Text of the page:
You may be in a bidding war if a house is desirable and competitively priced. If you love the house, most likely other buyers will as well. But of course, you don’t want to offer more than you must. It’d be ideal to submit an aggressive offer that’ll beat out every other offer yet not go higher than you need. An escalation clause in your offer may be the answer. An escalation clause allows you to submit an initial lower offer, automatically bumping up in specific increments above any other offer up to a certain capped amount you set.
For instance, if you made an offer of $1,000,000, and another offer came in at $1,010,000 if you had an escalation clause that said to offer $10,000 over any higher bid, your offer would go to $1,010,100. If no one offered more, your bid would effectively be the highest. But let’s say you capped it at $1,050,000. Your bid would continue to increase until someone exceeded that amount, but it wouldn’t go higher, protecting you from paying more than you wanted.
What are the pros and cons of an Escalation Clause?
It can give you an advantage by showing the seller you are serious and willing to pay more than another buyer.
An escalation clause may make negotiating simpler. It automatically happens if (and only if) another bona fide offer triggers the price increase.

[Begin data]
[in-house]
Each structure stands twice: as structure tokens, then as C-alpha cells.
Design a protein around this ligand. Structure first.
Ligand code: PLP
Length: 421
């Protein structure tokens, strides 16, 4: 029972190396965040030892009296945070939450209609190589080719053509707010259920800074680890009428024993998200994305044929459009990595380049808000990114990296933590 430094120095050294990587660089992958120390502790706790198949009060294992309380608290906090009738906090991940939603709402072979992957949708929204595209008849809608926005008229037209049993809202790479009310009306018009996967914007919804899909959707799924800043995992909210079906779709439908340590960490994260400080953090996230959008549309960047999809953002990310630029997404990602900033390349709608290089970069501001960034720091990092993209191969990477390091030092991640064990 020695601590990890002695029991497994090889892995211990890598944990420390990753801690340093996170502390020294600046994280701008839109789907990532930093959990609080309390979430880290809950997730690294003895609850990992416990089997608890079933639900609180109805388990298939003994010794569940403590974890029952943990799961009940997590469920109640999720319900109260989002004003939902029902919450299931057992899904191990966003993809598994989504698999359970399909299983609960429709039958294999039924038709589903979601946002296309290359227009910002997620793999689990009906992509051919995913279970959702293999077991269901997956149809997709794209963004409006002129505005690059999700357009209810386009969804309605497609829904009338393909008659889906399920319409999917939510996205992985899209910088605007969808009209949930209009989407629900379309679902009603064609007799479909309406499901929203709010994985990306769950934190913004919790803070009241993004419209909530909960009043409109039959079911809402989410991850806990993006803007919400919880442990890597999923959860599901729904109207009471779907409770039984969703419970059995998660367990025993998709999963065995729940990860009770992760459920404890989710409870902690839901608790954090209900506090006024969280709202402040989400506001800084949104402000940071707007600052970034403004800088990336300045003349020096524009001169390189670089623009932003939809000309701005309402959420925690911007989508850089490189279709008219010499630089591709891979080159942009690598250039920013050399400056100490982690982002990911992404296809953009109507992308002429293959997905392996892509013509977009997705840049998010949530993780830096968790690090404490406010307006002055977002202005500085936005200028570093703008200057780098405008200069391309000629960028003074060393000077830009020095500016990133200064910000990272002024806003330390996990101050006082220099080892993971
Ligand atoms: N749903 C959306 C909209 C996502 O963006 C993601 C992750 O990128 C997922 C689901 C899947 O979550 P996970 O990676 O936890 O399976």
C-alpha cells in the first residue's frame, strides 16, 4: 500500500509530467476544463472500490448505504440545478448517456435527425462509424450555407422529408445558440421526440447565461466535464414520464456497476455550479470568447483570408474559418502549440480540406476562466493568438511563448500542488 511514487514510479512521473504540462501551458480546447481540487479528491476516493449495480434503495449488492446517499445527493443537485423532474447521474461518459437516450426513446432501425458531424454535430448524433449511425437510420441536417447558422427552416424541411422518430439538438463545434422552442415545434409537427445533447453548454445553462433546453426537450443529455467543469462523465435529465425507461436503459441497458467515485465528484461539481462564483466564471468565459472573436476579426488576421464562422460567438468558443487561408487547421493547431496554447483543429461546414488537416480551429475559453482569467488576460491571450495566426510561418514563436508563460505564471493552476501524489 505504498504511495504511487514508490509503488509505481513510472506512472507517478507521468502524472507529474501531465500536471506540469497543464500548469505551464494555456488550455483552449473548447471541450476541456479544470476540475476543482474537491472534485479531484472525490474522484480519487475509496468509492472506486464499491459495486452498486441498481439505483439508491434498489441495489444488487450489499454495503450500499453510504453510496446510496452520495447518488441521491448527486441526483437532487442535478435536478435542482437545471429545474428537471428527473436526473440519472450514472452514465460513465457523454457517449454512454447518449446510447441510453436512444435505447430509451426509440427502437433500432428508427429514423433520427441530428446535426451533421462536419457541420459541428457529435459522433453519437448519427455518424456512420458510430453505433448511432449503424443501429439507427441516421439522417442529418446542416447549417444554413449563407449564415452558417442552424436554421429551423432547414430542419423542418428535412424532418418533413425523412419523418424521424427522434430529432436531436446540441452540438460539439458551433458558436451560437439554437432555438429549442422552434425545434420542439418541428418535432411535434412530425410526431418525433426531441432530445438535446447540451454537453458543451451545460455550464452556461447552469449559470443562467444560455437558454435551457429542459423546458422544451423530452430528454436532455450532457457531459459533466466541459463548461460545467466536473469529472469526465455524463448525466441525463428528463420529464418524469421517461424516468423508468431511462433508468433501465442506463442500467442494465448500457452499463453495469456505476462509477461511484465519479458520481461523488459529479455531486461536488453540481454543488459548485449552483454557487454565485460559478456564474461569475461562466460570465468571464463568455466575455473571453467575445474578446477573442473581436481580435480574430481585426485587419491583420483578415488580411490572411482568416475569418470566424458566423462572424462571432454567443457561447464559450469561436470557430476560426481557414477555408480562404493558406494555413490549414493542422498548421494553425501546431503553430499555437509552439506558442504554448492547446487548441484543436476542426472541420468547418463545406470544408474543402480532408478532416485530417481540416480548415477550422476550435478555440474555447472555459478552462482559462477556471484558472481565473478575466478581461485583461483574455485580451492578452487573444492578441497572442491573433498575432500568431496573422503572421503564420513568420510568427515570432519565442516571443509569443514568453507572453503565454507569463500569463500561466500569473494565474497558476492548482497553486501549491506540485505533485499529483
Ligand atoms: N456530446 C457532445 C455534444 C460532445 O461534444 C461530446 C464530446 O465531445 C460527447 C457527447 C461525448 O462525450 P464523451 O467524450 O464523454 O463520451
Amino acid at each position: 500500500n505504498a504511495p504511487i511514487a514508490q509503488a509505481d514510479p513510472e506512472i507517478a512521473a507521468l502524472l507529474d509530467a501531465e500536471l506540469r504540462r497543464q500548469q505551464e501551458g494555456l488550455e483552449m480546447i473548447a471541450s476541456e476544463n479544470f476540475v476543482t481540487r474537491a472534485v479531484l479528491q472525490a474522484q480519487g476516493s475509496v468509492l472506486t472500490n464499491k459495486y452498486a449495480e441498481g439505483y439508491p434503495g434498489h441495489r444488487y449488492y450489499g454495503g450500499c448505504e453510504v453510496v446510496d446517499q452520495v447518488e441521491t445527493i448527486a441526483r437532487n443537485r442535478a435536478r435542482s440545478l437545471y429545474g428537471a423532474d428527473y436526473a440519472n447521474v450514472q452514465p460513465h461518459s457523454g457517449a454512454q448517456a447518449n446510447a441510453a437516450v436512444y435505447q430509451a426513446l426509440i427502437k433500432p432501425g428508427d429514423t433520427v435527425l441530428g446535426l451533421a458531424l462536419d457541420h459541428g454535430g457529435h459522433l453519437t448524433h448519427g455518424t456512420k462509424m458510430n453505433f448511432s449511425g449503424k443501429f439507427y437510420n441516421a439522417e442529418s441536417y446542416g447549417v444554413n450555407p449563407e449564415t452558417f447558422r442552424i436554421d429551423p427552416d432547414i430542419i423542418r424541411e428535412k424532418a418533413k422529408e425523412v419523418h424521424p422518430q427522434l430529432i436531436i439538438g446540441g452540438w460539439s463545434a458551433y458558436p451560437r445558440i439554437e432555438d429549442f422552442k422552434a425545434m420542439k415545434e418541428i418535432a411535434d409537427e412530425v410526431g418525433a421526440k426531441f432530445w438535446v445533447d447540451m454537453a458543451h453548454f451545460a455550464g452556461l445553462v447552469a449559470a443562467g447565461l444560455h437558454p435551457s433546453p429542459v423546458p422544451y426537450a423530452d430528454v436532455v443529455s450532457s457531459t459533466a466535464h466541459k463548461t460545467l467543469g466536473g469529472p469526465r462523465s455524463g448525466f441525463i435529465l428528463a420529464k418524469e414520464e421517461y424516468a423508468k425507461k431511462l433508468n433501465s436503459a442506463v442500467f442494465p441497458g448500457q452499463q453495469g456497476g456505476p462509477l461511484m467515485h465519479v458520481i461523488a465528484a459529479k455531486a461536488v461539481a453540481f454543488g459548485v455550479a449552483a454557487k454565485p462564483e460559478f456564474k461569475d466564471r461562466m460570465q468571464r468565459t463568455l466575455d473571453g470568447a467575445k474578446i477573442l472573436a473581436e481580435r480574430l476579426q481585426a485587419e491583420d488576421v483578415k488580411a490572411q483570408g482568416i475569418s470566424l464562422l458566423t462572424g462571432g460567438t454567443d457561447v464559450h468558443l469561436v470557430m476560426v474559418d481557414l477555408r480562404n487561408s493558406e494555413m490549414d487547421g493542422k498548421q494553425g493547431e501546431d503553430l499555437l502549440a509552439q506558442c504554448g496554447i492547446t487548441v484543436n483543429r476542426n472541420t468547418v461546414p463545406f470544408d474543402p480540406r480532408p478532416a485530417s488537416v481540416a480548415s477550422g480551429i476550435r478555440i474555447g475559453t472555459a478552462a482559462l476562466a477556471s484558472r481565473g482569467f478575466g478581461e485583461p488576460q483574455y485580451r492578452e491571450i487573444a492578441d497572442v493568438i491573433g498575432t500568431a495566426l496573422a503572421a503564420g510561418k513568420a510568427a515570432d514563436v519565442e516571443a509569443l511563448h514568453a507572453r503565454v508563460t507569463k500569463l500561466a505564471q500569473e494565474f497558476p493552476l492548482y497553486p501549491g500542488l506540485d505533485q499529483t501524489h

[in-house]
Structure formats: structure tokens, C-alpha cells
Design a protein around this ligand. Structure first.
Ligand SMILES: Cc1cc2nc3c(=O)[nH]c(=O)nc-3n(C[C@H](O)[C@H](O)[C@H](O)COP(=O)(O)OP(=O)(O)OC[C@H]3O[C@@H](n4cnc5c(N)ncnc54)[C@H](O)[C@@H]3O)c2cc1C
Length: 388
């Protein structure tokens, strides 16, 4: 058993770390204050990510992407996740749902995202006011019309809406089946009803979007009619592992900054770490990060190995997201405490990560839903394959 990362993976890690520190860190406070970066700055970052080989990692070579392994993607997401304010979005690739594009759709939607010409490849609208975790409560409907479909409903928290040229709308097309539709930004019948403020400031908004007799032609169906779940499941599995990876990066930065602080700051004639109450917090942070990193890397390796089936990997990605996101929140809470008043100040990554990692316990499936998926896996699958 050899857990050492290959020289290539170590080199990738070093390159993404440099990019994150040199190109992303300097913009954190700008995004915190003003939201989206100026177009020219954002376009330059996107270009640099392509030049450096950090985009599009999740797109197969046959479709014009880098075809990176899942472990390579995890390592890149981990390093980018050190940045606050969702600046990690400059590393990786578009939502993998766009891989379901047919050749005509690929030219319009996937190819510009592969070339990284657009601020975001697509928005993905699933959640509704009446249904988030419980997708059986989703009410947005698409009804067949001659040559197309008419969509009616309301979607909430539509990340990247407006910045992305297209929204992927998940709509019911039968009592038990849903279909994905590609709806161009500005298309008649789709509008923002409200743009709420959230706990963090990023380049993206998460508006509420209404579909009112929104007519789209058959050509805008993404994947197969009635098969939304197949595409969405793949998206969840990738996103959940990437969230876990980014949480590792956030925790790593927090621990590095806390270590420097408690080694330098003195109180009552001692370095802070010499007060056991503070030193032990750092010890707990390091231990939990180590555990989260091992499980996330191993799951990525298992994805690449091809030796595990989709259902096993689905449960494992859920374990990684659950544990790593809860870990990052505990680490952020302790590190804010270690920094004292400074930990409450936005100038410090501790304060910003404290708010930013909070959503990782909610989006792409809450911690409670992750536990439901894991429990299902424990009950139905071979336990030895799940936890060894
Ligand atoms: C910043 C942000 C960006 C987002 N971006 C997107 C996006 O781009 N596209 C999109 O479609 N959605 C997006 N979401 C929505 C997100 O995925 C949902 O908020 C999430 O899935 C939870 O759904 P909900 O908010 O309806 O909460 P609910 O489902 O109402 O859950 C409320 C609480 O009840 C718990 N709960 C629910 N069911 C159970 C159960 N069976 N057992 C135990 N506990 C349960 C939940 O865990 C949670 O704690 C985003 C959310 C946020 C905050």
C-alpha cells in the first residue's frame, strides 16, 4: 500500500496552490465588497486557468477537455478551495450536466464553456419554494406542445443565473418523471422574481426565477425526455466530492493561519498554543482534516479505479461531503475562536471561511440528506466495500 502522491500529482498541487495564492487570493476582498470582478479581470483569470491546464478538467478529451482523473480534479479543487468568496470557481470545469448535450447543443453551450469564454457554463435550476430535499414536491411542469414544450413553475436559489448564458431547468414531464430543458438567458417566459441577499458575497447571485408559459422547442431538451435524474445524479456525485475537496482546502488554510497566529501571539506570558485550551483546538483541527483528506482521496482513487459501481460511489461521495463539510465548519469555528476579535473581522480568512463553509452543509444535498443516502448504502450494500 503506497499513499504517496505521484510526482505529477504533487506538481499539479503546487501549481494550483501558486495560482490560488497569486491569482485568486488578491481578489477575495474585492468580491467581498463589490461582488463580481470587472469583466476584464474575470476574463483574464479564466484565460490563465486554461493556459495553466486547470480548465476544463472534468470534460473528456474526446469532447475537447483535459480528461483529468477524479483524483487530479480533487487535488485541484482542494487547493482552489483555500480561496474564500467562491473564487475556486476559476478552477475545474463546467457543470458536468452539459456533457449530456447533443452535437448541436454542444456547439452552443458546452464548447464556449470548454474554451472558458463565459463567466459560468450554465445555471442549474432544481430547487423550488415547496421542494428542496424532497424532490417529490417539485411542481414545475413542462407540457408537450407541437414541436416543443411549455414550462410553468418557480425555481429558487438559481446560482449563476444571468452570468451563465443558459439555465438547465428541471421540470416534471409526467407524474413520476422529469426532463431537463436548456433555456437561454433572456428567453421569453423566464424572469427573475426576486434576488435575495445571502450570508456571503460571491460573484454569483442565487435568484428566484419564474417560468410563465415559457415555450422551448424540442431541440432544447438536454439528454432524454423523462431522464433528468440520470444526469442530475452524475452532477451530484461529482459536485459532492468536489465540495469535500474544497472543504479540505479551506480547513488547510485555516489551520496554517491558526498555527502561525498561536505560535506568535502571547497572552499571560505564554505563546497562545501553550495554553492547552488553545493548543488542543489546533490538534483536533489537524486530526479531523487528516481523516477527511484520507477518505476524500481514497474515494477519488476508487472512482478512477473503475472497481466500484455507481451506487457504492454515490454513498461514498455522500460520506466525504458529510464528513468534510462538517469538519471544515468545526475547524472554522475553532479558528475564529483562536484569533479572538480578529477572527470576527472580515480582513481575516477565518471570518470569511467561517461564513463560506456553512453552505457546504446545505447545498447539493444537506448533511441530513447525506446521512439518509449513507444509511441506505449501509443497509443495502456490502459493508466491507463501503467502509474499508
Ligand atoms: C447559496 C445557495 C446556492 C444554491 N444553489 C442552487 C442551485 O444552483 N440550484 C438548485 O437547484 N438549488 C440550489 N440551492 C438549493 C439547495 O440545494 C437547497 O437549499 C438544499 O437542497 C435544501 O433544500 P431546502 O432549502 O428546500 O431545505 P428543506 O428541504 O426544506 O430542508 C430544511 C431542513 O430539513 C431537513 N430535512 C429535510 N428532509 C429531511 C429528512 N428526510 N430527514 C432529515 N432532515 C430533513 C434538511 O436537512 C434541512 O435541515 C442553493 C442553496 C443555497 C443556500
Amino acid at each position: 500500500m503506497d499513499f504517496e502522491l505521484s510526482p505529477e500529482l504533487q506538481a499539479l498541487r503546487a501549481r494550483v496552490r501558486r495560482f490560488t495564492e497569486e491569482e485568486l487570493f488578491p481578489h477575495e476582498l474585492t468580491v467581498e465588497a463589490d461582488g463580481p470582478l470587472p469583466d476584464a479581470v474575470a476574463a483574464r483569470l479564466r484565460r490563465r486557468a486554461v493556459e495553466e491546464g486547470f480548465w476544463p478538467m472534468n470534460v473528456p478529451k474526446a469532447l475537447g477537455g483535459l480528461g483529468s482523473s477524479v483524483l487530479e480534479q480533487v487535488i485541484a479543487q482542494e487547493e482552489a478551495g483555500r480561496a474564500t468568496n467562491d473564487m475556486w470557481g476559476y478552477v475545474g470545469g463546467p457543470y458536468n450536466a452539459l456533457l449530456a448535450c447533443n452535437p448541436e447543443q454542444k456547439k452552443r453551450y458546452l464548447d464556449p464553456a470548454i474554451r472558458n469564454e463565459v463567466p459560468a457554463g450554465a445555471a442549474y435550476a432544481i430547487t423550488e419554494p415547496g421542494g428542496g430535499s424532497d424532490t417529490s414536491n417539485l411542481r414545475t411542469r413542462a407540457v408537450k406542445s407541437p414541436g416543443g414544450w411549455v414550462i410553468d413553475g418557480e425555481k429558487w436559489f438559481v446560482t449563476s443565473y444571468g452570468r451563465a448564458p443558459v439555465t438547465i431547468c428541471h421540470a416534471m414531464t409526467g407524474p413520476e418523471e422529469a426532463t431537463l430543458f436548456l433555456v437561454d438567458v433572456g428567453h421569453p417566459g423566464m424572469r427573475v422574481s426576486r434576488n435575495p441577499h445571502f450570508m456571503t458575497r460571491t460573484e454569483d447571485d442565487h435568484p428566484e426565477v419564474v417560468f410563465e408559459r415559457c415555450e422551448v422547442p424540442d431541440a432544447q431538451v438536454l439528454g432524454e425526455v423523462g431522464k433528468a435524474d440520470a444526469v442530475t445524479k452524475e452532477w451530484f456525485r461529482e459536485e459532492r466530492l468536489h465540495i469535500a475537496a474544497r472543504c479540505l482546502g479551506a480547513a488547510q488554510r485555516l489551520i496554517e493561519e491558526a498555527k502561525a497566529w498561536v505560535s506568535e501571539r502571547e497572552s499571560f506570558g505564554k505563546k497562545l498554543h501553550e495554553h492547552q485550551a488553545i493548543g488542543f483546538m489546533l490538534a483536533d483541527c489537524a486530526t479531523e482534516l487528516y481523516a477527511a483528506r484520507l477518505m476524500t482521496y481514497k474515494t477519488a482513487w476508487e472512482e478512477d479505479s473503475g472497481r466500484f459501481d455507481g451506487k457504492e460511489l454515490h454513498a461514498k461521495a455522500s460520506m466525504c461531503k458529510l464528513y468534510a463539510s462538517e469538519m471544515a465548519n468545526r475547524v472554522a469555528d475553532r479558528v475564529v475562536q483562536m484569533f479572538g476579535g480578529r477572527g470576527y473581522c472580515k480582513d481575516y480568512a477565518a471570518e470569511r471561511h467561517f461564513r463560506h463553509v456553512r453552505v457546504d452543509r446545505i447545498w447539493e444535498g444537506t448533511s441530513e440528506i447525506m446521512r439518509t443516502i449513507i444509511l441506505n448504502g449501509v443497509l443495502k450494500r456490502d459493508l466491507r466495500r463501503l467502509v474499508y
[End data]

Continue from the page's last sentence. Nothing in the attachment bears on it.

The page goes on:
It can help you stay within the range you’re willing to pay rather than get caught up in the heat of the moment. If and when the price goes above your capped amount, your price will no longer continue to increase.
It may annoy the sellers by showing that you’re willing to offer a higher amount and make them wonder why you wouldn’t just offer to pay that.
It could invite sellers to issue a multiple counteroffer with your capped price of $1,050,000 or the highest and best.
The listing agent may prefer buyers to make their best and final offer instead of invoking an escalation clause. Submitting one to an agent who dislikes them can turn them (and therefore their client) off.
In summary, regardless of the market conditions, a well-priced house will likely get multiple offers. Using an escalation clause in your offer can help you rise to the top of a multiple-offer situation, but it can also have drawbacks. So, if you find yourself going after a house with multiple offers, know the pros and cons of using an escalation clause, and discuss whether or not it makes sense to use one with your agent before including one in your offer.